France sees Syria opportunity through closer dialogue with Russia

French President Emmanuel Macron walks next to Foreign Minister Jean-Yves Le Drian after a meeting about Qatar crisis at the Elysee Place in Paris

By John Irish

PARIS (Reuters) – France said on Thursday it saw a chance to break the stalemate in Syria’s war as Russia now seemed to accept there could be no military solution and preconditions set by some opponents of President Bashar al-Assad had been dropped.

The election of President Emmanuel Macron has provided an opening for Paris to re-examine its Syria policy, with the view that the previous government’s stance that Assad must step down was too intransigent and an obstacle to peacemaking.

Macron last week reversed France’s stance on the future of Assad, saying he saw no legitimate successor at this time and the priority was to prevent Syria becoming a failed state. The United States has also backed away this year from an insistence on Assad’s departure to allow a political solution.

Assad has held on with Russian and Iranian military support in a six-year war with rebels and Islamist militants that has killed hundreds of thousands and displaced millions.

New Foreign Minister Jean-Yves Le Drian has been pushing for closer dialogue with Moscow as Paris also seeks to use the lack of clear U.S. policy on Syria to give itself a greater role.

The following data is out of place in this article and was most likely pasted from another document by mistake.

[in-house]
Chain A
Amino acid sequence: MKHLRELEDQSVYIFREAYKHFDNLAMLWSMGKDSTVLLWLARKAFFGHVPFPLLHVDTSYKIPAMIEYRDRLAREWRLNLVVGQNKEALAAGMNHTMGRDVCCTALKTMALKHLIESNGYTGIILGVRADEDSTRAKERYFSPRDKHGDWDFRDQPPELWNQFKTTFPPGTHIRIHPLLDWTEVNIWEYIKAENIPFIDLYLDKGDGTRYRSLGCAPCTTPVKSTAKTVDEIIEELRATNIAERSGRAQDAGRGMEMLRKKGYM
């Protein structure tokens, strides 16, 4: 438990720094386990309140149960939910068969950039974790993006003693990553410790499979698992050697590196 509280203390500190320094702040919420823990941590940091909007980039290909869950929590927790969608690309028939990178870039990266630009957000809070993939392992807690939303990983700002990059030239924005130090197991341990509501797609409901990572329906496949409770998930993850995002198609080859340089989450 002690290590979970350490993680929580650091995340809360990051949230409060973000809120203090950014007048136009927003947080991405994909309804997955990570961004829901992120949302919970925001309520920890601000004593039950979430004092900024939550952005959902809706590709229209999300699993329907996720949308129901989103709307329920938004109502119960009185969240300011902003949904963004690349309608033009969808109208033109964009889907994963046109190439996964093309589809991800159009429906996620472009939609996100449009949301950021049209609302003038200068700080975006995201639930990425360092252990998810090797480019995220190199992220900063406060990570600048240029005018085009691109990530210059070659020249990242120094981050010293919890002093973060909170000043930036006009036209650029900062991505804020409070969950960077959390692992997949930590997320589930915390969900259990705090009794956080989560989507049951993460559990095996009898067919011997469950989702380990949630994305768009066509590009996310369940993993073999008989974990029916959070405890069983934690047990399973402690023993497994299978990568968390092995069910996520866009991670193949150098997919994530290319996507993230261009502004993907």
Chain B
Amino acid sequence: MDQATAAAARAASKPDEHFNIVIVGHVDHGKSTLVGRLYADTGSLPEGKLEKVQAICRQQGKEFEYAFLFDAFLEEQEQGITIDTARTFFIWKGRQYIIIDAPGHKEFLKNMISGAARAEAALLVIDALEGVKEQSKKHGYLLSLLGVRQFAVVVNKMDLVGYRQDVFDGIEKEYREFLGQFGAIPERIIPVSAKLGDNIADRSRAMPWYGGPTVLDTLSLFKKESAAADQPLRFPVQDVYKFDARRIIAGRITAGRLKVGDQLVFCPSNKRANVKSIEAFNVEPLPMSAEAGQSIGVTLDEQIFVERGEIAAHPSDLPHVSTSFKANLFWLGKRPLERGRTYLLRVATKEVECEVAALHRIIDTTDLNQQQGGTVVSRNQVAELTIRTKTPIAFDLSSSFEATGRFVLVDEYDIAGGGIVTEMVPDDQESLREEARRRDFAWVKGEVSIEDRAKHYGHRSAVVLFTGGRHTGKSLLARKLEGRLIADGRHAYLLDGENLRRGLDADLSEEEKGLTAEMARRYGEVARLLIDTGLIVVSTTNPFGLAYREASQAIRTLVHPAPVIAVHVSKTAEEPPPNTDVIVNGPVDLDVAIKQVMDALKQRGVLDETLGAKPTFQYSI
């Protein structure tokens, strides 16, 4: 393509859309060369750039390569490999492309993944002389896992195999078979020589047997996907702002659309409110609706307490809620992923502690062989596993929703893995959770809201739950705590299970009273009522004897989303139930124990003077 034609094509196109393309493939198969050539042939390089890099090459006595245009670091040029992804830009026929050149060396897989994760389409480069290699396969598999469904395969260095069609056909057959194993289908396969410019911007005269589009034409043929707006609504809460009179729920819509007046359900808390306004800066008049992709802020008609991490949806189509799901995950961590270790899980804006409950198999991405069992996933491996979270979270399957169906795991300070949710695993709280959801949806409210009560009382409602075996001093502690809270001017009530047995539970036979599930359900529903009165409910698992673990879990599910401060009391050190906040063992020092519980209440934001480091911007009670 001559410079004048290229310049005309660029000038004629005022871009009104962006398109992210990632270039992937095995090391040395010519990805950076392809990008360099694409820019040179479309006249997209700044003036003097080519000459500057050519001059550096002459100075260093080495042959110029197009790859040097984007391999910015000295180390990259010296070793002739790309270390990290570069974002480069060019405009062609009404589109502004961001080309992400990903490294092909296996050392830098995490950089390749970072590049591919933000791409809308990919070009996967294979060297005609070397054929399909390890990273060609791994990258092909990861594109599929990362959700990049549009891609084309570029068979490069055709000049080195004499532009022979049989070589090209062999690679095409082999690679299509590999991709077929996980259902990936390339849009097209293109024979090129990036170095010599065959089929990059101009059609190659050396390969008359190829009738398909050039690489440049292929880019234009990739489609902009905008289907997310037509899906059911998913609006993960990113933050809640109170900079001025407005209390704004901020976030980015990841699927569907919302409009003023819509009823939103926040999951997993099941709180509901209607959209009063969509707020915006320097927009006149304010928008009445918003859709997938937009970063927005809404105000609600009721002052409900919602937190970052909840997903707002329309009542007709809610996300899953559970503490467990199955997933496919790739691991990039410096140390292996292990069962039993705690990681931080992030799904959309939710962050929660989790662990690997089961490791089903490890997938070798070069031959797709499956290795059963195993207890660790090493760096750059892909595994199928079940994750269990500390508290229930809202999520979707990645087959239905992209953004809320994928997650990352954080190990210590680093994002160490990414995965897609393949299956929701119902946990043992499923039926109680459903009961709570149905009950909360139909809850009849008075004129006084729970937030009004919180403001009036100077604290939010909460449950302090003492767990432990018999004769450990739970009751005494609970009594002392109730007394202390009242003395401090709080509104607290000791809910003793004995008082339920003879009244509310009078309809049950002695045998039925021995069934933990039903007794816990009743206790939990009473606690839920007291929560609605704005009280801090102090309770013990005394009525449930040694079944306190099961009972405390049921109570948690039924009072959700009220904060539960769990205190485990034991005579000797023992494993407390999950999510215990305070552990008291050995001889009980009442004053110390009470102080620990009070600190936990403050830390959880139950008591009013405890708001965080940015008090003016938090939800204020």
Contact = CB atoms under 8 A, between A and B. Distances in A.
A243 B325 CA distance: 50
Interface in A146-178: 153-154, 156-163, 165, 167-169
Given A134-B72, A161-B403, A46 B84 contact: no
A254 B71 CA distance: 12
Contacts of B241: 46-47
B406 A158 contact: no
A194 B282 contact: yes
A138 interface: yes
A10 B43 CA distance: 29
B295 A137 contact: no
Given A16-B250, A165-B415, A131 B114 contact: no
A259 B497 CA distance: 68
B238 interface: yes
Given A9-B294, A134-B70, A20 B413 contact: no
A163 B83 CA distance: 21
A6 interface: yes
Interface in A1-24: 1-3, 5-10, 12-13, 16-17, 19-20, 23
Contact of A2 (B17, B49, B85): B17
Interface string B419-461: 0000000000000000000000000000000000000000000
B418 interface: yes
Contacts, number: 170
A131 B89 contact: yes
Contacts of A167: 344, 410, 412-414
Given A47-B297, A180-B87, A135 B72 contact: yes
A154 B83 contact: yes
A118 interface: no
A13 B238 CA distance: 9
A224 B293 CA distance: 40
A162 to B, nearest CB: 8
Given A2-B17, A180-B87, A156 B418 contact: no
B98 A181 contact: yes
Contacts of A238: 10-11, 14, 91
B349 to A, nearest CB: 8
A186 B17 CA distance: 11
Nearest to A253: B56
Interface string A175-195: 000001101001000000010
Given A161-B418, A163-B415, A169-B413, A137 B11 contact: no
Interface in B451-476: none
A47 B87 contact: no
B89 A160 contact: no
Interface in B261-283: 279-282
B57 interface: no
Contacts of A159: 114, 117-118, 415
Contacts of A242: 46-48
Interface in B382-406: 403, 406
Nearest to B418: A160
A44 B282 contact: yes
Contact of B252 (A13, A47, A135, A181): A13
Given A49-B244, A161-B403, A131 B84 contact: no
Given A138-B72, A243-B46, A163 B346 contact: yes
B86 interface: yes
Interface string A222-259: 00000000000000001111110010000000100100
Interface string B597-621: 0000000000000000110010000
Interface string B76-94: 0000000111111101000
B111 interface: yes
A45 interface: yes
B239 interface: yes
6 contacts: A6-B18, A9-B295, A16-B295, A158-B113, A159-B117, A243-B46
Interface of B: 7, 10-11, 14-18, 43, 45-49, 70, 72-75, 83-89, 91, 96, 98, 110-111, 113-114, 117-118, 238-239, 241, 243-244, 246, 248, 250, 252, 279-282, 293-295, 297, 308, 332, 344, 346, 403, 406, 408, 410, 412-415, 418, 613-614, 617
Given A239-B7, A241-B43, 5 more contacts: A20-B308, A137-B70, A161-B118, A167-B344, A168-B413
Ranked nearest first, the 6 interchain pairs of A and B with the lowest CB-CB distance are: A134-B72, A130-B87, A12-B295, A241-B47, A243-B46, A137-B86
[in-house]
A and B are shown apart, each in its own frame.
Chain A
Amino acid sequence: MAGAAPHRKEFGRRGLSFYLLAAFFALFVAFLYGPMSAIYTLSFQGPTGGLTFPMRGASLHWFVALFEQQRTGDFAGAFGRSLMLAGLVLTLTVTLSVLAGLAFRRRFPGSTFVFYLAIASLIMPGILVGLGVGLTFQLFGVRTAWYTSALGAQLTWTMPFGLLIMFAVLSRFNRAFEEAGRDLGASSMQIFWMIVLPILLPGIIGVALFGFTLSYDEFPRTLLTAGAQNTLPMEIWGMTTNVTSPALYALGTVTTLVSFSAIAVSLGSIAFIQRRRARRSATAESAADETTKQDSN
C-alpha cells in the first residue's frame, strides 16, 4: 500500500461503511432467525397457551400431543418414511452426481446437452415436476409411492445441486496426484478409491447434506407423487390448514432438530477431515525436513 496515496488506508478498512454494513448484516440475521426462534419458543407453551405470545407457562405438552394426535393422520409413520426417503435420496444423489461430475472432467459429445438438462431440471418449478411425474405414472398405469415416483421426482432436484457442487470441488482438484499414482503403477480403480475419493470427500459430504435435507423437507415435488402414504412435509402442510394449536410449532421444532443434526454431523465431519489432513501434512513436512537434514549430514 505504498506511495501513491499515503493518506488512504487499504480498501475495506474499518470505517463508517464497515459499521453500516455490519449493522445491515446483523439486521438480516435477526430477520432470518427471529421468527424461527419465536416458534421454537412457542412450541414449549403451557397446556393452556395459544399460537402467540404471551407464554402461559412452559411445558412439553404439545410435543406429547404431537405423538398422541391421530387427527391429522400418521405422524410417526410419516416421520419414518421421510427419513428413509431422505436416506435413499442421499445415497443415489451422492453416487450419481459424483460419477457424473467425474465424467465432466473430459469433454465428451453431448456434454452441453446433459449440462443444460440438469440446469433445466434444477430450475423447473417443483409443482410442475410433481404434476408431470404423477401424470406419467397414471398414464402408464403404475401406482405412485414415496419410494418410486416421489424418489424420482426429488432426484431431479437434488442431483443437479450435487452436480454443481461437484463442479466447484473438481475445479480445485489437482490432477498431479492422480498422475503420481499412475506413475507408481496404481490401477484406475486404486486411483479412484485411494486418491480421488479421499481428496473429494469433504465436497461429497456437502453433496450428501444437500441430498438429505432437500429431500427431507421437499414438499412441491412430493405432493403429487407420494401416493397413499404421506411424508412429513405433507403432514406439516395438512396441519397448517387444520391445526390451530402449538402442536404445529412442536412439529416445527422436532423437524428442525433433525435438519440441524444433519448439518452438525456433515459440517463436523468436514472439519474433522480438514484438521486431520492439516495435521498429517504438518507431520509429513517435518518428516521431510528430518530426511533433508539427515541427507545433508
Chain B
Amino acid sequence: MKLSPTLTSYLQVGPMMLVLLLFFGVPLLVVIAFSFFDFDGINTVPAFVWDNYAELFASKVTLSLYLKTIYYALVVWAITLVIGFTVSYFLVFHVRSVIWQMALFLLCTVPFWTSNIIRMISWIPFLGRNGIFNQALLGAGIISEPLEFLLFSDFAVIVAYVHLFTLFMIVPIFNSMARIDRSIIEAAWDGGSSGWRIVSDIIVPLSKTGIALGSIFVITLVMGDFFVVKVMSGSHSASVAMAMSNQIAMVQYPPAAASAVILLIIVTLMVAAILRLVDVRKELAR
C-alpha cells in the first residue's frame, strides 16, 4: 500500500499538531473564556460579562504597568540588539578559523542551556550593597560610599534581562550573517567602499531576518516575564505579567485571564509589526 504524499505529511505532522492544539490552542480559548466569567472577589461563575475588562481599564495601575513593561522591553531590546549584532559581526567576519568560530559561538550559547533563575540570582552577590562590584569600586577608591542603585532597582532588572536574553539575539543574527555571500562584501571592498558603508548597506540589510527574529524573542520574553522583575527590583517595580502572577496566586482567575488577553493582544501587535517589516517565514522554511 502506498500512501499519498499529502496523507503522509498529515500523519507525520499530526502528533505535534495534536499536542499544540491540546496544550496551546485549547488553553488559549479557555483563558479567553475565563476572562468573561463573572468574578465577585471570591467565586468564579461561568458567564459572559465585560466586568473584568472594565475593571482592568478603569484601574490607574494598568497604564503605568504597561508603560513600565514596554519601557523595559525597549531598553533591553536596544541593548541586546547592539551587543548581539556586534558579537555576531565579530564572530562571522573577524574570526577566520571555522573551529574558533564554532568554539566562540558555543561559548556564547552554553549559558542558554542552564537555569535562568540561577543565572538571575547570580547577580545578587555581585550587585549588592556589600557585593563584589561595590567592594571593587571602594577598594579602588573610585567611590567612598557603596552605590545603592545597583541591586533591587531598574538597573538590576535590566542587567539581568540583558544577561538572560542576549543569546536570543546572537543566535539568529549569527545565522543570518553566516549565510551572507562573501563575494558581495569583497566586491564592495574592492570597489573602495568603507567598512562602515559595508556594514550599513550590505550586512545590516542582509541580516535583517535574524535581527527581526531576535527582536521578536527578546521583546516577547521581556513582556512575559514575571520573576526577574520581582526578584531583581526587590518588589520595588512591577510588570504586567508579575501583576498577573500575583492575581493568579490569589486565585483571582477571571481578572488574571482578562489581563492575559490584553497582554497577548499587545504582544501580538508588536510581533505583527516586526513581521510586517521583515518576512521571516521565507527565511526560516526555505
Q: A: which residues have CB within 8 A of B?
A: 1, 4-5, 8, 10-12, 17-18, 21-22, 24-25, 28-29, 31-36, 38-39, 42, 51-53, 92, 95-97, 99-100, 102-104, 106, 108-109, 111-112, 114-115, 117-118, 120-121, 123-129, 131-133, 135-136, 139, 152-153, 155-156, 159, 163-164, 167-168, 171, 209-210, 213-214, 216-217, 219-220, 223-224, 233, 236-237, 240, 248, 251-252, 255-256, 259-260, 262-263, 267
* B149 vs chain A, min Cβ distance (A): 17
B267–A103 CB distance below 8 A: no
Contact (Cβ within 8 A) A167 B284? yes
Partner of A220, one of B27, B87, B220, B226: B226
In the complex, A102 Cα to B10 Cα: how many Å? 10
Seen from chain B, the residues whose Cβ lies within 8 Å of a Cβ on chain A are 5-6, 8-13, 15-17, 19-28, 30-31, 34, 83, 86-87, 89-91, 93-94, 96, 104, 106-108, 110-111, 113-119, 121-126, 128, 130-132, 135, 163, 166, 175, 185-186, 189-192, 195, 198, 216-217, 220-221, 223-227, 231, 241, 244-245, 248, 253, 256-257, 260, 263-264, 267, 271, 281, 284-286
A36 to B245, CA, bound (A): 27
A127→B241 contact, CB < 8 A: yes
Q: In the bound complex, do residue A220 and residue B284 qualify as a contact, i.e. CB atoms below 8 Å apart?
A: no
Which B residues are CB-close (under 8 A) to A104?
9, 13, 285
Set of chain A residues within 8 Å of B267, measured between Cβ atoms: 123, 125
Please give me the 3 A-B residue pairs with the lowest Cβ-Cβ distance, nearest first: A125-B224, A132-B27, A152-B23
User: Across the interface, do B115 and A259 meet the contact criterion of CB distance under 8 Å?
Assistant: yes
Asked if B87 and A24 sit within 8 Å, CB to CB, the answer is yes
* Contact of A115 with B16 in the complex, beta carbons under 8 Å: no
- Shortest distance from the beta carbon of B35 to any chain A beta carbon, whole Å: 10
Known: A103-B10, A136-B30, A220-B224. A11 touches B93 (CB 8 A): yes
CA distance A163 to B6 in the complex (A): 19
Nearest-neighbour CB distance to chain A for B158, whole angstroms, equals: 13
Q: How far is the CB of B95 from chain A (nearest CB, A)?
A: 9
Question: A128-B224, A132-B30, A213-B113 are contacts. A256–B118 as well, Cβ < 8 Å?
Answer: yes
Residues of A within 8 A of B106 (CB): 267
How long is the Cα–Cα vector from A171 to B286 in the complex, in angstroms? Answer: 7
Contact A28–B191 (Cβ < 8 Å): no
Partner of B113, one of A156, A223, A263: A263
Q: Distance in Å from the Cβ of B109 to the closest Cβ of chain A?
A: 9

“I can’t give any details, but I think that there is a window of opportunity at the moment. Like everybody, I think the Russians are conscious that there is no military solution to the conflict,” Le Drian, who was defense minister under Macron’s predecessor Francois Hollande, said in an published interview.

“We should be able to get there with a new method that encompasses establishing robust principles that seem unquestionable, without setting rhetorical preconditions but by creating new bridges between the different actors,” he said.

Le Drian did not explain in the interview with Le Monde what those principles were or what incentives Russia would be given.

France, a supporter of the Syrian opposition until now, has demanded the conflict be resolved through a credible political transition based on U.N. Security Council resolutions negotiated between the warring parties with the United Nations in Geneva.

Le Drian, who held six hours of talks primarily on Syria with Russian officials in Moscow last week and has said the priority for France was weakening the threat from Islamic State militants, made no mention of the those resolutions or Geneva.

He called for diplomatic support from permanent members of the Security Council and regional players. A French diplomat said Paris hoped to create a small contact group that could push peace efforts forward.

French officials said part of the reason why Paris has pushed for renewed dialogue with Russia on Syria is the vacuum left by the United States, which they deem has no clear policy beyond defeating Islamic State.

“The Russians have nobody else. They have no coherent interlocutor. The Russians have nothing else to get their teeth into other than the French,” said a European diplomat.

Syria’s civil war has turned to Assad’s favor since 2015, when Russia sent its jets to help his army and allied Shi’ite militias backed by Iran turned back rebels and won new ground.

But the conflict is far from over, with rebels holding swathes of Syria, especially in the northwest and southeast, and Islamic State controlling other areas in the north and east.

(Reporting by John Irish; editing by Mark Heinrich)